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Drug Maker Amgen Agrees to $71 Million Settlement of Claims of Unlawful Marketing of Aranesp and Enbrel

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Facing claims of unlawful marketing of the drugs Aranesp and Enbrel, Amgen has agreed to a $71 million settlement with 48 states and the District of Columbia.

The consent judgment was announced last week, Law360 reports. The settlement resolved claims that Amgen had marketed Aranesp (darbepoetin alfa) for cancer-related anemia without FDA approval and had promoted Enbrel (etarnecept) to treat mild plaque psoriasis though Enbrel is approved only for moderate to severe cases of the autoimmune disorder that causes scaling and flaking of the skin.

New York Attorney General Eric Schneiderman was among the attorneys general who announced the settlement. New York’s share of the $71 million is more than $3.16 million. South Carolina and Mississippi are the only states that did not participate in the settlement, Law360 reports.

Aranesp treats certain types of anemia by stimulating the bone marrow to produce red blood cells. Enbrel is approved to treat rheumatoid arthritis, psoriatic arthritis, ankylosing spondylitis, moderate to severe plaque psoriasis in adults, and some arthritis in children. In his statement, Schneiderman said, “Consumers need to have confidence in the accuracy of claims made by pharmaceutical companies,” adding that pharmaceutical companies are prohibited from making unapproved and unsubstantiated claims about prescription drugs. In addition to promoting unapproved uses of the drugs, Schneiderman said, Amgen promoted Aranesp for different dosage periods than those approved by the FDA and the company claimed Enbrel’s effects are longer-lasting than they actually are, Law360 reports.

The settlement will require Amgen, based in Thousand Oaks, California, to reform its marketing practices. The company is prohibited from marketing Enbrel, Aranesp, and any red blood stimulant in the same class as Aranesp, using drug compendiums, reference volumes that list a drug’s strengths, qualities and ingredients. Amgen is forbidden from using outside lobbyists to facilitate the inclusion of such claims in compendiums without clarifying that they are representing Amgen’s interests, according to Schneiderman’s statement.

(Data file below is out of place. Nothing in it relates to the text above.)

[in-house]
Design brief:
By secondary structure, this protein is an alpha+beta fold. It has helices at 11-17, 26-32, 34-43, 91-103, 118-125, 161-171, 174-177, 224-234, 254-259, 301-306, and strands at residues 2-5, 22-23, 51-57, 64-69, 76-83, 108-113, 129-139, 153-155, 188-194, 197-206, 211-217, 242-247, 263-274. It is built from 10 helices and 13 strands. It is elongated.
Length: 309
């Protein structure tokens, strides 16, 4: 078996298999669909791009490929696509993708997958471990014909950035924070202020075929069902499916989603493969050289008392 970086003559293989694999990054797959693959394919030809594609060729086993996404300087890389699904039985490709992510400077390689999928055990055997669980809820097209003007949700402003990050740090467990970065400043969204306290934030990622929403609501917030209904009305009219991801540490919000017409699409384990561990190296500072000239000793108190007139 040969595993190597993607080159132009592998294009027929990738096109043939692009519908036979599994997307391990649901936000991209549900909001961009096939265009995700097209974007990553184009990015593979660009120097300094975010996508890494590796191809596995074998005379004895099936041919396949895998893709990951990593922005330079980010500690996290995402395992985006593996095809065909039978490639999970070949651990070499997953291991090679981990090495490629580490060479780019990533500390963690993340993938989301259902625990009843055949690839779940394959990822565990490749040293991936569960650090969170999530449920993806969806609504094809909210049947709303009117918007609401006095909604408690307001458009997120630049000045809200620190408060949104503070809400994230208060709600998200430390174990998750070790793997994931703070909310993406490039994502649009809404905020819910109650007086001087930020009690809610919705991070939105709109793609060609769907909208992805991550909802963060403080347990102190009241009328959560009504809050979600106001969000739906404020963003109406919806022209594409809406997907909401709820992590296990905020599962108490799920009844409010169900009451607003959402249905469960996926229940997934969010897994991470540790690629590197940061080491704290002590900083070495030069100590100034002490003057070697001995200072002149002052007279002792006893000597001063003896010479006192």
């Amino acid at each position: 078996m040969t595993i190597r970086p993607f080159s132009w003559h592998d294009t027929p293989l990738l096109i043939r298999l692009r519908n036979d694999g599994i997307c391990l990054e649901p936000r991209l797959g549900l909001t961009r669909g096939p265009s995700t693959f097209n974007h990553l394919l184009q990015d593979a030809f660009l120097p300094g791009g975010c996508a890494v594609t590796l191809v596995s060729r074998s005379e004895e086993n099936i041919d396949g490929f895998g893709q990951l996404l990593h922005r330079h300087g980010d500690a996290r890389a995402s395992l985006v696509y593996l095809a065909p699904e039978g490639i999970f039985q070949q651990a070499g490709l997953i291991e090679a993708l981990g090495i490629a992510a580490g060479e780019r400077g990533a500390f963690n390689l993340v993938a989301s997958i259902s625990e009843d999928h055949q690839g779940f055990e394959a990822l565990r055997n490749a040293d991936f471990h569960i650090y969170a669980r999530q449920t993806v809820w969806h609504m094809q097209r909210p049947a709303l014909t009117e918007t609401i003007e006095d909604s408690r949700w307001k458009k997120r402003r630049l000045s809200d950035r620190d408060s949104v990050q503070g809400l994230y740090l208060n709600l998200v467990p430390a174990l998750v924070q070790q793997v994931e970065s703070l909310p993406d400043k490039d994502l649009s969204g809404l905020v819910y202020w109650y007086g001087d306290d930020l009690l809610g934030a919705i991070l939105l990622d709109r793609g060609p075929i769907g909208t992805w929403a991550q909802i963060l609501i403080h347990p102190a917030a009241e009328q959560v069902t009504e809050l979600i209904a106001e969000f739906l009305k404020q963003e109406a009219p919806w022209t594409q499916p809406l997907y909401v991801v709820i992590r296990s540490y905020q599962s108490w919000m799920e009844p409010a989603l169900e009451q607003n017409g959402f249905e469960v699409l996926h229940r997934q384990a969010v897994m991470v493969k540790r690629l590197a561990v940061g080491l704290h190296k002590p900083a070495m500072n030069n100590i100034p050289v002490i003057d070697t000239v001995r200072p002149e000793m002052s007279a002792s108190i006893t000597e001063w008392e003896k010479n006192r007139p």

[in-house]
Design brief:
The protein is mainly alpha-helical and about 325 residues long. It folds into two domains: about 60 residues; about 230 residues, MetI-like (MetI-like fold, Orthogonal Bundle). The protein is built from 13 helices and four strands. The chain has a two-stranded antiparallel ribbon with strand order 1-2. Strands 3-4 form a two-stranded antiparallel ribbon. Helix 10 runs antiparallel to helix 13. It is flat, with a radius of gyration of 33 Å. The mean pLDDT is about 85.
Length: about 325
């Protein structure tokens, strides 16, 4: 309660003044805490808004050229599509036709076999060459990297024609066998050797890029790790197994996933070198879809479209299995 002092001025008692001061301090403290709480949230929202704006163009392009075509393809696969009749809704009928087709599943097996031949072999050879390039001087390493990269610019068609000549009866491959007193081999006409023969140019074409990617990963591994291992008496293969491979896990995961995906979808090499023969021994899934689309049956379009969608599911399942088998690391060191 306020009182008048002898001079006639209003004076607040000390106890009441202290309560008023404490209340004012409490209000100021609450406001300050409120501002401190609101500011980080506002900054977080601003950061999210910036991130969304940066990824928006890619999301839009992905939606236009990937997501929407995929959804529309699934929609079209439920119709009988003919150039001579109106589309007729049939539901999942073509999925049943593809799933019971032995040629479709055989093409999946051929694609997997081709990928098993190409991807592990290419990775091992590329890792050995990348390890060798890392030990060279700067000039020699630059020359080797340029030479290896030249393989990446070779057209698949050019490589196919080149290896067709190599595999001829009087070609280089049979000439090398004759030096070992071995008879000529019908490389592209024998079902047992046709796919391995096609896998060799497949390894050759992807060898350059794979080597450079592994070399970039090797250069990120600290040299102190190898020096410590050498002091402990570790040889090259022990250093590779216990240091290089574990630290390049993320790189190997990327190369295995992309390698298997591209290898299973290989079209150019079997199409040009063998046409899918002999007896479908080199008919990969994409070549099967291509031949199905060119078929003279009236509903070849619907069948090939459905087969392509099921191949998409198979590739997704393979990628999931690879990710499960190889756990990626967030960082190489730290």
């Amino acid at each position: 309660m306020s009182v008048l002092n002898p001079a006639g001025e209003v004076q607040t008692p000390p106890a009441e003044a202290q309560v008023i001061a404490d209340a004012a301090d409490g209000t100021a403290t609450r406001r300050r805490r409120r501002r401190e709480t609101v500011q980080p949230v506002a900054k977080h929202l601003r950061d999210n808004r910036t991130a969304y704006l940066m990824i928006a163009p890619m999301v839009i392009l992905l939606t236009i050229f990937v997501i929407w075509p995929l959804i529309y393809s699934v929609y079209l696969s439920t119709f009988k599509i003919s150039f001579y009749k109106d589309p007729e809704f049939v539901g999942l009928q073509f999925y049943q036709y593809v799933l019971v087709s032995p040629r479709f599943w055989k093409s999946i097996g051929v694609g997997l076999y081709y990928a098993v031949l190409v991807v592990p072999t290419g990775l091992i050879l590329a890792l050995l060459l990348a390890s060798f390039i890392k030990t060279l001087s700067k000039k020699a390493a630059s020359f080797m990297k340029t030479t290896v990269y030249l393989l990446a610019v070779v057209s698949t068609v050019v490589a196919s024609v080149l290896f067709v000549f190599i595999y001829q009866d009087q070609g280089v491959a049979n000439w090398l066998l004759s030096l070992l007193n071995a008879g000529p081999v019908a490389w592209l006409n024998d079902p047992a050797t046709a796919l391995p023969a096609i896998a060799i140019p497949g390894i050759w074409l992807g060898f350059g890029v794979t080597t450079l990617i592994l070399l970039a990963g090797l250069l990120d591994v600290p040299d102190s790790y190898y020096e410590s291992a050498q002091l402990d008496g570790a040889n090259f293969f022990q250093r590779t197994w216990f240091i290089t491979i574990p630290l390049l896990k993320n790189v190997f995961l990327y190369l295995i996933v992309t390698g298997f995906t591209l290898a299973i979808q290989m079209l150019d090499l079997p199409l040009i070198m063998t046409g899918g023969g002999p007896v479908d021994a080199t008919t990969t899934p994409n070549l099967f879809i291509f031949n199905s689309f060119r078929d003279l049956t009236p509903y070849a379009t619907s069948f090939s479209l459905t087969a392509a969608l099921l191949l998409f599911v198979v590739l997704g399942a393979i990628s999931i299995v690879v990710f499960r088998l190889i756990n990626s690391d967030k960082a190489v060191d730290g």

Amgen, in its own statement, said the settlement addresses some of the same issues the company settled with the federal government in December 2012. Amgen spokeswoman Kelley Davenport said it is “normal practice” to resolve such legal matters in separate state and federal settlements. Davenport said Amgen is pleased to have the matter resolved. She noted Amgen’s strong compliance program, and said the company is “dedicated to fostering a culture of doing the right thing at Amgen in full compliance with the law,” according to Law360.

In 2012, Amgen entered a guilty plea in federal court to misbranding Aranesp. That plea resulted in a combined $762 million civil and criminal payout to resolve allegations about Amgen’s sales and marketing practices, according to Law360. Amgen paid $150 million in criminal forfeitures and penalties for marketing the drug to health care providers for unapproved uses. In addition, the company reportedly paid $612 million in civil settlement payments in related whistleblower lawsuits.

breakinglawsuitnews.com disclaimer: This article: Drug Maker Amgen Agrees to $71 Million Settlement of Claims of Unlawful Marketing of Aranesp and Enbrel was posted on Tuesday, August 25th, 2015 at 11:28 am at breakinglawsuitnews.com and is filed under Misleading Information Lawsuits.

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